One of my earliest memories of flying was taking a Delta DC-8 from MSY to SJU in the mid 70’s. My first flight was in 1972 from SJU-MIA in a Pan Am 707, my father made me wear a tie. Those were the “good old days” of flying!
Delta operated many types of the DC 8. Among then were the DC 8-33, inherited from PanAm, then the DC8 -54 and finally the DC 8-61 which became the DC 8 -71 when refitted with the new engines.
One of my memories was sitting in the tail end of a United DC 8-61 on takeoff and watching the front end of the aircraft flex as we lifted off, almost as if it were to swaying to gain altitude.
I didn’t know they were inherited from Pan Am! That is really interesting. As it was so long, the flex would have been remarkable! Very nice indeed! Thanks for the comment!
Wearing a tie was the done thing back then, judging from the pictures I’ve seen! Awesome that you got to fly back then 🙂 I wish I had flown on a DC-8!
I flew on a United DC-8 stretch with the CMF-56’s in the late 80’s from ORD to LAS. To this day, that was the most comfortable commercial plane I’ve ever flown on! You could tell the airplane was old even then, worn carpeting and slightly tattered seats, but those seats were luxurious! Nice big windows, too. Plenty of legroom and a wide aisle, probably because design factors limited the ability to cram more seats in!
That’s pretty cool, it would have been something to fly on board. It was also very good they changed the engines so that it would fly a lot more efficiently and quietly. Sounds like some flight you had there – if only we could do that today. Thanks for the comment!
I flew on a DC-8 from Dallas Ft Worth to New Orleans in 1985. This fitted with the CFM56 engines. I was surprised to see a DC-8 at the Gate and equally by the modern appearance of the engines. Happy I would get to fly in a DC-8 at last. It was a great flight and so spacious. I was really impressed. I remember too the Southern crew were super friendly too. I am from Australia and we did not have DC-8’s on our domestic routes so I was fortunate on that day!
Awesome that you got to fly on board the DC-8. I know Australia didn’t have them domestically… the closest were Air New Zealand, though by 1985 I doubt they had any still in service. Great that you got to do that, it must be an excellent memory!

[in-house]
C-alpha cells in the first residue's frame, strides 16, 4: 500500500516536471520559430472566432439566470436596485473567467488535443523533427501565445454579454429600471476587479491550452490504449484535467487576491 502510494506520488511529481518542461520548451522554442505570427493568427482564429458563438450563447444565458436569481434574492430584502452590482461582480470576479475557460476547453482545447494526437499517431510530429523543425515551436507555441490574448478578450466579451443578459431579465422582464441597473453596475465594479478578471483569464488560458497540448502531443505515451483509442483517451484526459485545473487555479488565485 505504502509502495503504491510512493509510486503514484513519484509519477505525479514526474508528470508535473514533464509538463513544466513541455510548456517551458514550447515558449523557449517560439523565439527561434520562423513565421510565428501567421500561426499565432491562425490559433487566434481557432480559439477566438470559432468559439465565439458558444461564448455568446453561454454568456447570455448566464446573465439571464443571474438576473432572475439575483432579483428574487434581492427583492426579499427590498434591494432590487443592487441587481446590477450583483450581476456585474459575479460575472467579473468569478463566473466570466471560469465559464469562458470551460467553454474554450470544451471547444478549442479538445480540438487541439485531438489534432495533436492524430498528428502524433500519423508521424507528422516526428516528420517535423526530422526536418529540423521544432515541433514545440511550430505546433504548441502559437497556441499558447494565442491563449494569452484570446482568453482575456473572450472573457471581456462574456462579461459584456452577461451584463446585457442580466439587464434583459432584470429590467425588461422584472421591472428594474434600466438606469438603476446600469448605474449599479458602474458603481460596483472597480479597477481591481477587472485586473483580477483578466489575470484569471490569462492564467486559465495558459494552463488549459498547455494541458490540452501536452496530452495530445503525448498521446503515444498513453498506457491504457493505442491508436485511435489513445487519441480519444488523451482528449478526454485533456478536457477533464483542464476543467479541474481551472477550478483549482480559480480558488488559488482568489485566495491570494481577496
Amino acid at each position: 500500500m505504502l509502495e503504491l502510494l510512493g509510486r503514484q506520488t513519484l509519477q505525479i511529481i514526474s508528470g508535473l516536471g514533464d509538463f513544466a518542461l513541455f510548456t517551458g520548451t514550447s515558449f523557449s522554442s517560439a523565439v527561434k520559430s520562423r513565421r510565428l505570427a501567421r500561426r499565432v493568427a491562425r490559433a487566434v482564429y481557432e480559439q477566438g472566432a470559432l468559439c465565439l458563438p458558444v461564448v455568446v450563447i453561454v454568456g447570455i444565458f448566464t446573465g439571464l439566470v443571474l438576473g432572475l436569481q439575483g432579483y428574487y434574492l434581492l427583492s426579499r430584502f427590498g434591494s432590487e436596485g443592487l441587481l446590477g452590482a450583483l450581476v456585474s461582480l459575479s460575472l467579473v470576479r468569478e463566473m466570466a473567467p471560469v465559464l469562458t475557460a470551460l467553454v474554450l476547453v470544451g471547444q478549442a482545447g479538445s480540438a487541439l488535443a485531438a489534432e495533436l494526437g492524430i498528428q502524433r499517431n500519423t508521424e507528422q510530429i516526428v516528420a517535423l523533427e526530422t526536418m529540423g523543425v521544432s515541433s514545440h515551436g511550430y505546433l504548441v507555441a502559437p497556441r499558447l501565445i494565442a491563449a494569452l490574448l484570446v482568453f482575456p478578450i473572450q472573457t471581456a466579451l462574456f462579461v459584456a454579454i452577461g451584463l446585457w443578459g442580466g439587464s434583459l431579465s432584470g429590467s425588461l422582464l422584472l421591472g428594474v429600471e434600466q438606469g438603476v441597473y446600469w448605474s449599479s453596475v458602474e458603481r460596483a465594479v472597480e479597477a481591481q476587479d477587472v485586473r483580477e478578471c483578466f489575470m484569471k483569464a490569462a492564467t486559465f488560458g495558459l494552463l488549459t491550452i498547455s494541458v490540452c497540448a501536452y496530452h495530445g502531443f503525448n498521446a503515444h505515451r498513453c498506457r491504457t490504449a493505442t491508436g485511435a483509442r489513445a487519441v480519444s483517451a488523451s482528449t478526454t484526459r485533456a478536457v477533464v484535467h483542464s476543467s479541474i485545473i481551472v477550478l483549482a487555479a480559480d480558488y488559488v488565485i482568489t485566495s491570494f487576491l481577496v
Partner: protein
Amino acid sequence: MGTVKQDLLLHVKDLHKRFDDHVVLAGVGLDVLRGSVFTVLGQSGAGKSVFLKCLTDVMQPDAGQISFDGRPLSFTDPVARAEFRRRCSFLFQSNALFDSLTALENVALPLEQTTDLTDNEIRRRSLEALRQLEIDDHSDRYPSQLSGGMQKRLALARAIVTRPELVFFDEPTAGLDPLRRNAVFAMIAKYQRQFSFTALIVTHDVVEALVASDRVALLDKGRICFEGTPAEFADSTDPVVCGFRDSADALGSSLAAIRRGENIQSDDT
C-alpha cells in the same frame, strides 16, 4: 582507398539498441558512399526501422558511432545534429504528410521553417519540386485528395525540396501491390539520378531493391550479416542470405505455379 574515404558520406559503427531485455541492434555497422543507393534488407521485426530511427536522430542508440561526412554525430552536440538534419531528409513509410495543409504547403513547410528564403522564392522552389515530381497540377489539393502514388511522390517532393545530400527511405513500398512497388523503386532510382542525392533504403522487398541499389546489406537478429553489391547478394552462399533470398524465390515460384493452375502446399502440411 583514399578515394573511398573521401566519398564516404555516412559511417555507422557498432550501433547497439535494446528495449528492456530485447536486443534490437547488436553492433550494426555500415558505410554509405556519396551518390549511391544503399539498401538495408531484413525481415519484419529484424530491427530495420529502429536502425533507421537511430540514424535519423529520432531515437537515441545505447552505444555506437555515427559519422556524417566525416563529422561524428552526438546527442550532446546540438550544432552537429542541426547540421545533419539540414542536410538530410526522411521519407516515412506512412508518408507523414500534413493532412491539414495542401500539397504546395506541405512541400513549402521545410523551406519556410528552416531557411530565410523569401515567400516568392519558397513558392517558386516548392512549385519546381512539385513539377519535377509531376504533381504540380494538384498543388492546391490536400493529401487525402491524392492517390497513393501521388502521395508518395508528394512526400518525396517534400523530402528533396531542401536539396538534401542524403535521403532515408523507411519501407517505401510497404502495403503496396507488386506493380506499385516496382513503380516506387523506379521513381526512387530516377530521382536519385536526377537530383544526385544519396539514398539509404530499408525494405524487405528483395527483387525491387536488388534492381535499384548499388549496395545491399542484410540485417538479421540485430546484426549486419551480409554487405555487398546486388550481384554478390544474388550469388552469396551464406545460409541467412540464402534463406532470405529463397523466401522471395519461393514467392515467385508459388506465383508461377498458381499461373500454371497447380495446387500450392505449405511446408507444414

I first flew a Delta DC-8 (51) in the summer of 1966 during “the great airline strike” from ATL to MIA via JAX. I was flying on a student pass which at the time, gave me a 33% discount. Many airlines were on strike at the same time except DL of course. I was the last passenger to board the flight and since only a first class seat was available, I got to sit in first class! It was a major thrill as the food was superb as well as the service. I was totally impressed! From JAX we flew… Read more »
That’s a pretty decent discount for students at 33%! I don’t know of any airlines that do discounts for students these days. Amazing you got to fly in First Class – that would have been wonderful, especially back then. I don’t think I’ve seen the launch pads at the Cape from the air. I’ve certainly seen loads of videos and what not as I am quite interested in the Mercury, Gemini and Apollo programmes especially. You sure did get some amazing views! You’ve also pretty much done the whole series apart from the DC-7, DC-10 and MD-11. Hopefully all that… Read more »
I got to fly the DC-8 stretch once on UA from HNL to ORD sometime in the late 70’s. I was probably around 11-12 y/o. It was brought in as an extra section as UA had cancelled a flight earlier in the day. It was a very late departure since I remember it being daylight already when we were still west of the Rockies. The F/As served a meal and about 30 minutes after the last pax were served we hit some of the most vicious turbulence I’ve ever encountered. Having just eaten, many people started vomiting and it started… Read more »
Now that is a great story! I have never ever been on a flight that has experienced turbulence that bad in my entire life. It wouldn’t particularly scare me, but I think having loads of people throwing up around me would be some test of my control – I would say I’d probably be joining them. That makes for a memorable flight. I bet everyone was thrilled to pieces to be off the flight and I daresay they all remember it for much the same reasons you do. Thanks for that and I agree, they really don’t make ’em like… Read more »
I remember a couple of flights on both Delta & United DC-8 70 series in the eighties. What I remember most about those flights was the oversized windows the DC-8 (at least compared to the 727 etc.).
Yes, I’ve heard the Douglas aircraft had larger windows than the Boeing equivalents. When I took a flight on the MD-11 I noticed that myself 🙂 Thanks for the comment!